These are your London Knights.
OK, barring a couple of trades and a pickup or two, this is the team that will look to get back to the Ontario Hockey League's Western Conference championship series.
With the totally expected announcement that Michael Del Zotto will remain in the Big Apple, the Knights have made what seems like their annual contribution to the National Hockey League underage player fund and can now focus on getting better.
No doubt Mark Hunter will go out and get a blue-liner or two and maybe find another forward, but for the most part this is it.
So how good is it?
There will be another litmus test tomorrow when the ridiculous OHL schedule pits the Knights against the Windsor Spitfires for the third time already this year. This one is in Windsor.
The last few years, the Knights/Spitfires have used their games as a measuring stick to figure out just how much more needs to be done.
Last year, the Knights were handled easily by the Spitfires. That forced the Knights to make the major deal, getting Del Zotto and John Tavares, in order to compete with the Spits.
If the Knights goaltending situation had worked out, who knows which team would have made the Memorial Cup.
Last year's Knights team had no problem scoring goals -- defensive work needed help.
This year, the Knights have one of the better defensive records in the league, but they are having trouble scoring goals.
Part of that is because they aren't getting a lot of points from the defence. With John Carlson and Del Zotto last year, there was plenty of offence from the back. There were games when it looked as if five forwards were on the attack.
This year, Steven Tarasuk is providing some offence but that's about it.
While it would be nice to have mega-scoring from the blue-line, this situation isn't all bad.
While it's still early, the Knights will not have to worry about their goaltending. Michael Hutchinson and Michael Houser have the ability to win games. They've given up few bad goals, which were the nemesis of the Knights in the playoffs last year.
No matter how many goals you score, it's always the bad ones that are harder to get back.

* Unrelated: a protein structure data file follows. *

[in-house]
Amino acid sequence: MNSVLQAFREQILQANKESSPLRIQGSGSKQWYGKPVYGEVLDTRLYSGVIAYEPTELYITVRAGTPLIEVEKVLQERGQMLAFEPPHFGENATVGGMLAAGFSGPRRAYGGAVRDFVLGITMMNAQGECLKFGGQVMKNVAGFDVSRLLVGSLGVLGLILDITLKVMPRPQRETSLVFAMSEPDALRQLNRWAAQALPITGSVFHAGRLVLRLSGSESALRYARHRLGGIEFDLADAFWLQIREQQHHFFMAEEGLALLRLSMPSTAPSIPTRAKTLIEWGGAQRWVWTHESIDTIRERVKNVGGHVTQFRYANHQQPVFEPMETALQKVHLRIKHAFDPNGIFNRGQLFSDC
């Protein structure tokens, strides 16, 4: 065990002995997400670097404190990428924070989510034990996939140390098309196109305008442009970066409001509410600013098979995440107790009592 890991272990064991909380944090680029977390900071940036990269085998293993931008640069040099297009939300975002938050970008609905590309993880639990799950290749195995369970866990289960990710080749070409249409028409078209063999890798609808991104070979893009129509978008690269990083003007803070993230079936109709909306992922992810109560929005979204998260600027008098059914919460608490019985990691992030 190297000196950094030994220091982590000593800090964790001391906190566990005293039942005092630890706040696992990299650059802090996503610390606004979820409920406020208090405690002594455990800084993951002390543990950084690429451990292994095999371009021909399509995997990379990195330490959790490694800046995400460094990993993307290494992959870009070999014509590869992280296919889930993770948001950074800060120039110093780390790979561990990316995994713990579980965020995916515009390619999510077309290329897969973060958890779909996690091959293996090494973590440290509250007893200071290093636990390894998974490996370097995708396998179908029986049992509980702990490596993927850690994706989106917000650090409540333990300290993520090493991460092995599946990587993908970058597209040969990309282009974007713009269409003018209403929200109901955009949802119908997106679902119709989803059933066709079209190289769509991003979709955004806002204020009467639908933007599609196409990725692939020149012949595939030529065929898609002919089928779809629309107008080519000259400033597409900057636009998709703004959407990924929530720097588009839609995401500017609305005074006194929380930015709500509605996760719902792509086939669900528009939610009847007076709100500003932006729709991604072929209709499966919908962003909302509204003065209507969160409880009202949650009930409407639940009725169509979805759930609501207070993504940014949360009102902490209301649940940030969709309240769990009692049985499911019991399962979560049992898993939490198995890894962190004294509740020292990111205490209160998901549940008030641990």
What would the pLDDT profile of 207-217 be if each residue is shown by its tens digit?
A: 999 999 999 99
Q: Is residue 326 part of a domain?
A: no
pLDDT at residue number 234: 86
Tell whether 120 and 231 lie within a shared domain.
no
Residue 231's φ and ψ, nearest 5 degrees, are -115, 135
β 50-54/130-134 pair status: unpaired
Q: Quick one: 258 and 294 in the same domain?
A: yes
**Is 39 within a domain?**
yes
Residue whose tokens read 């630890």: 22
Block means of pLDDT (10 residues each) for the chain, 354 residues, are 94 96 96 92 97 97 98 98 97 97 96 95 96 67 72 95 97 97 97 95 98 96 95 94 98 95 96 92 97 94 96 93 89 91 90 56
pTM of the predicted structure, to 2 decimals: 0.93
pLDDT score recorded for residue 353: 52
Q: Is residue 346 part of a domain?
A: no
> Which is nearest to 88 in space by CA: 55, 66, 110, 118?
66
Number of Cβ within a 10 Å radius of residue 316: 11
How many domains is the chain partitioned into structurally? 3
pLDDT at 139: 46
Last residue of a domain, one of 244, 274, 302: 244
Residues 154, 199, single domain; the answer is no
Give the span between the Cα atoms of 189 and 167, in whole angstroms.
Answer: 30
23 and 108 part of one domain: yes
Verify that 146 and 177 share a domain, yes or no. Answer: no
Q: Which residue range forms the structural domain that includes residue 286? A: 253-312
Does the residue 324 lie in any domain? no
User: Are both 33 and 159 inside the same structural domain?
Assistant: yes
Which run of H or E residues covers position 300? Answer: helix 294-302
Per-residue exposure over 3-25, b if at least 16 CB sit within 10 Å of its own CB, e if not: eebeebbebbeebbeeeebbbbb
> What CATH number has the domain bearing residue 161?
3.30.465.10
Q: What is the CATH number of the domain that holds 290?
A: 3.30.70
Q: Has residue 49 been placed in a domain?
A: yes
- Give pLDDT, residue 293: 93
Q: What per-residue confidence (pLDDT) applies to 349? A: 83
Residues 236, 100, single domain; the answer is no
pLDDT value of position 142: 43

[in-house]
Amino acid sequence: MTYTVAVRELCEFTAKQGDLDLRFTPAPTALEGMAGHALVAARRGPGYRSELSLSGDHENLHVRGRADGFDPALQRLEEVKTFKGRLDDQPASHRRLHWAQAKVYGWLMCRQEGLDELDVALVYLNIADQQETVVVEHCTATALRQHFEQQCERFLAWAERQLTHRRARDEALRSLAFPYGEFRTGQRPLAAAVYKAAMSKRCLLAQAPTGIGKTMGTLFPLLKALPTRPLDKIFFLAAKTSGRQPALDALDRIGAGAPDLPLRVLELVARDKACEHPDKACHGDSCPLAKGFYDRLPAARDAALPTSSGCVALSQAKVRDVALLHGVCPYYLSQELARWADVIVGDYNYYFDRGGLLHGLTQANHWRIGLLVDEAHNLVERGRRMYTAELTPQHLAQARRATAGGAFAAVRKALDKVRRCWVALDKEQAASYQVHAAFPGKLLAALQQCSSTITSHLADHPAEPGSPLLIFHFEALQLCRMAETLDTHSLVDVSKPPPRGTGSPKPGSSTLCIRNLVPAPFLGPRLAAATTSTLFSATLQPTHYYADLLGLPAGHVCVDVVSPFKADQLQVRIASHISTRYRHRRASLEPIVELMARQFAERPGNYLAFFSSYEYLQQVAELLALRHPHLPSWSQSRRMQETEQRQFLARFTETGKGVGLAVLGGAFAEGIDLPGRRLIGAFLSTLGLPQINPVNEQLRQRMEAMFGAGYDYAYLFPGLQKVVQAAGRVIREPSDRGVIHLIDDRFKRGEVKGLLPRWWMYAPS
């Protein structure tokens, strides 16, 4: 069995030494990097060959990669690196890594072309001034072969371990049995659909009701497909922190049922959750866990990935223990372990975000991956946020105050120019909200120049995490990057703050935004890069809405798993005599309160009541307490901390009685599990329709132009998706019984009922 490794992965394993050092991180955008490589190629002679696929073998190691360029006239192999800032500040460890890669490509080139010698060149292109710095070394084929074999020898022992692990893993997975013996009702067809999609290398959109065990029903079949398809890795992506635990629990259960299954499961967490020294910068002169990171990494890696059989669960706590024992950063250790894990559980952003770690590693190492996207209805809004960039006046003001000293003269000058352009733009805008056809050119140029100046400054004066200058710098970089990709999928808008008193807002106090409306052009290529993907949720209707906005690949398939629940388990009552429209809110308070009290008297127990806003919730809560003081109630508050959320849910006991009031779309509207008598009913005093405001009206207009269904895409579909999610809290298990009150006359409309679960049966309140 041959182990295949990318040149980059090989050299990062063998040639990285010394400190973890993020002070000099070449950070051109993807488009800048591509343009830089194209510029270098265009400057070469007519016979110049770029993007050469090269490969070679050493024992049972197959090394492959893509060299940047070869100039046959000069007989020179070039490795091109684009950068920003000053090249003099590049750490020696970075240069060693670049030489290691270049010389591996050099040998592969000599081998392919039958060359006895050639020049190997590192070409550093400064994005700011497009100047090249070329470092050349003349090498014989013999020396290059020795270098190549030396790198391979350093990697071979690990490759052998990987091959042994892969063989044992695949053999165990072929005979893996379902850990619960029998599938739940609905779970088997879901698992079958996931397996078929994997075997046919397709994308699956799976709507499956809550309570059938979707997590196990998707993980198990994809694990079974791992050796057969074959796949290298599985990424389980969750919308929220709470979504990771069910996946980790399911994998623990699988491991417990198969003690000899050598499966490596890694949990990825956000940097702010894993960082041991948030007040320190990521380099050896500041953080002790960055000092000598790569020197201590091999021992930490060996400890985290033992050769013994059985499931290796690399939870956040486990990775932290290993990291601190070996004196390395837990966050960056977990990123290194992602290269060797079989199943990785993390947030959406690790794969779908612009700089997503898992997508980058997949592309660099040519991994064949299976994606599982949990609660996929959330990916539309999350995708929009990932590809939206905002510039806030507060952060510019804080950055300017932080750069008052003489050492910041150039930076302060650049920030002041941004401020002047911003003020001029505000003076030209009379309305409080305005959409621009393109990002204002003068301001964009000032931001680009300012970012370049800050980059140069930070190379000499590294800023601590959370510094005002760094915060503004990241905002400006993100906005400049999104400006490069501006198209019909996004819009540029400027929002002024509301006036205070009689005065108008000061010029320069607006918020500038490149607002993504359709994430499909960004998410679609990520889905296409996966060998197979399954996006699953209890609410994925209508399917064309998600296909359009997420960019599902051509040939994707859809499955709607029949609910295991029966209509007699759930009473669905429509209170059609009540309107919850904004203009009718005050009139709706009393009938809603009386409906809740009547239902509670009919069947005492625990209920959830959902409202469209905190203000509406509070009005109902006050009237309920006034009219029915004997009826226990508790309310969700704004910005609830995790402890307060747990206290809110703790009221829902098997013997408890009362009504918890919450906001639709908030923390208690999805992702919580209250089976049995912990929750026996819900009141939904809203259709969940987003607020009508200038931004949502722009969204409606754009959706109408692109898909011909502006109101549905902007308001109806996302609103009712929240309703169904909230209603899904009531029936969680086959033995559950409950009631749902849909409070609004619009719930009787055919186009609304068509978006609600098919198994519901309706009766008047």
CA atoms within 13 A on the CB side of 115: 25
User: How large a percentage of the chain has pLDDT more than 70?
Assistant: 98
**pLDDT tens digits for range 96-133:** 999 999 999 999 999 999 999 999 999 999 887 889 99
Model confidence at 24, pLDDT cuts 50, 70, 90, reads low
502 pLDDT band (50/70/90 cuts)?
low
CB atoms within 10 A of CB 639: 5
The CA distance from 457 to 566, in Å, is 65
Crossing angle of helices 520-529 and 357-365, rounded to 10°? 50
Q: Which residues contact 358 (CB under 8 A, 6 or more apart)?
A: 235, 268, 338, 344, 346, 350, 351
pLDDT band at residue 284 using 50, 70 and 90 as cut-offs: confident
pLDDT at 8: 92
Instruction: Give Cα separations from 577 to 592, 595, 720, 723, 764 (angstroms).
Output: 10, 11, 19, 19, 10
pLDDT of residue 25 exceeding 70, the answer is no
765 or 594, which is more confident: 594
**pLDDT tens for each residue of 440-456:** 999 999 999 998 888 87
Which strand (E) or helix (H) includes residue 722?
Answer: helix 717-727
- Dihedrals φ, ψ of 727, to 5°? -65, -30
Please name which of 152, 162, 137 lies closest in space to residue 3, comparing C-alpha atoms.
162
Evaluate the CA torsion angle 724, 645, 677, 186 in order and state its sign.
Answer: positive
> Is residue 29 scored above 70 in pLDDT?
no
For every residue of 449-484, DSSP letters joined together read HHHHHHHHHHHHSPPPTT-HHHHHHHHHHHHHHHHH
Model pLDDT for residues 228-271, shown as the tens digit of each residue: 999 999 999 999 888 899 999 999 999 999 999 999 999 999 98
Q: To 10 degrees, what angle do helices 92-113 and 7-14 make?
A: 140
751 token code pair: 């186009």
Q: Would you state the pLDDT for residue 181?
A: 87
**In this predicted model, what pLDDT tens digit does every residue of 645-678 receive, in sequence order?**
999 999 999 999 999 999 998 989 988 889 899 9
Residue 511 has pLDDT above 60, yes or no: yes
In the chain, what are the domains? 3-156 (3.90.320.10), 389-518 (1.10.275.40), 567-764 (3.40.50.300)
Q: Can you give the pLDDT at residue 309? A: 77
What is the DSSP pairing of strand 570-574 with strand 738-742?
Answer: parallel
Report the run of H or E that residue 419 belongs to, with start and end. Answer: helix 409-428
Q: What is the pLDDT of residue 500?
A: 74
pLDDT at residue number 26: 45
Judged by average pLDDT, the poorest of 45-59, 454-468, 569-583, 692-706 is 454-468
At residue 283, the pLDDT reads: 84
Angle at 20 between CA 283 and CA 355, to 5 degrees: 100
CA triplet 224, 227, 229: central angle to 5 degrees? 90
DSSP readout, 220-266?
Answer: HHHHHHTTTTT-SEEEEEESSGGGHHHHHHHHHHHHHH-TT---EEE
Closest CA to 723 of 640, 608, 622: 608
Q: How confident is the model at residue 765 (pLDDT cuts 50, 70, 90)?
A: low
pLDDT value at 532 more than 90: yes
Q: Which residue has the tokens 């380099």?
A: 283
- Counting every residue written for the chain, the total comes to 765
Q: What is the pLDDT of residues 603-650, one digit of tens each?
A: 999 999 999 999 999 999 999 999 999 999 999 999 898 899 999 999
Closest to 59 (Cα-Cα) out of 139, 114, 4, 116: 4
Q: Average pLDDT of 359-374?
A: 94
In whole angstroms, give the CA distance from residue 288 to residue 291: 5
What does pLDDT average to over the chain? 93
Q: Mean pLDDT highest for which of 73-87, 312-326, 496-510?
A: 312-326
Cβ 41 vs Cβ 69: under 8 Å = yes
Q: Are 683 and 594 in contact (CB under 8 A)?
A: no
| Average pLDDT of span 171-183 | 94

You can fix your team at just about any position, but the most difficult is in net.
The Knights may not be as physically strong or offensively talented on the blue-line as they were last year, but that causes them to take fewer chances, which in turn means giving up fewer scoring opportunities to the other guys.
Michael D'Orazio, who came in a trade from Owen Sound, has been terrific. Once he starts finding the net on the power play, he'll put some points on the board.
And Hunter will go out and find a serviceable defenceman to help out. Come the trade deadline, don't count against Hunter finding a No. 1 or 2 guy for the playoff run.
Which brings us to the forwards.
The general feeling is the Knights will start scoring goals. They don't have players with the natural scoring ability they've had previously, but it appears every forward has chosen the last month to hit a dry spell.
The Knights are getting the kind of chances that should wind up in the net. Nazem Kadri has gone through an emotional rollercoaster and is still trying to find his rhythm. Justin Taylor hasn't started to score. The Knights coaching staff is working on a new power-play system. If the lack of goal-scoring continues another month, then it's time to worry.
The Spitfires had pretty much a perfect season last year. This year, despite being prohibitive preseason favourites, they have their own issues to deal with.
Goalie Troy Passingham is playing well. Will the Spitfires let their future ride on this free-agent netminder?
Last year whatever issues the Spitfires had were well hidden. This year they've already had two players leave the team, requesting trades.
The latest is Jesse Blacker, a defenceman drafted in the second round by the Toronto Maple Leafs.
The key to the Spitfires is defenceman Ryan Ellis, but he has struggled since coming back from NHL camp. He's missed a number of games recently with an injured wrist and will be a game-time decision against the Knights.
No team is immune to the ups and downs of junior hockey. No team is without warts.
It's wait and see for everyone.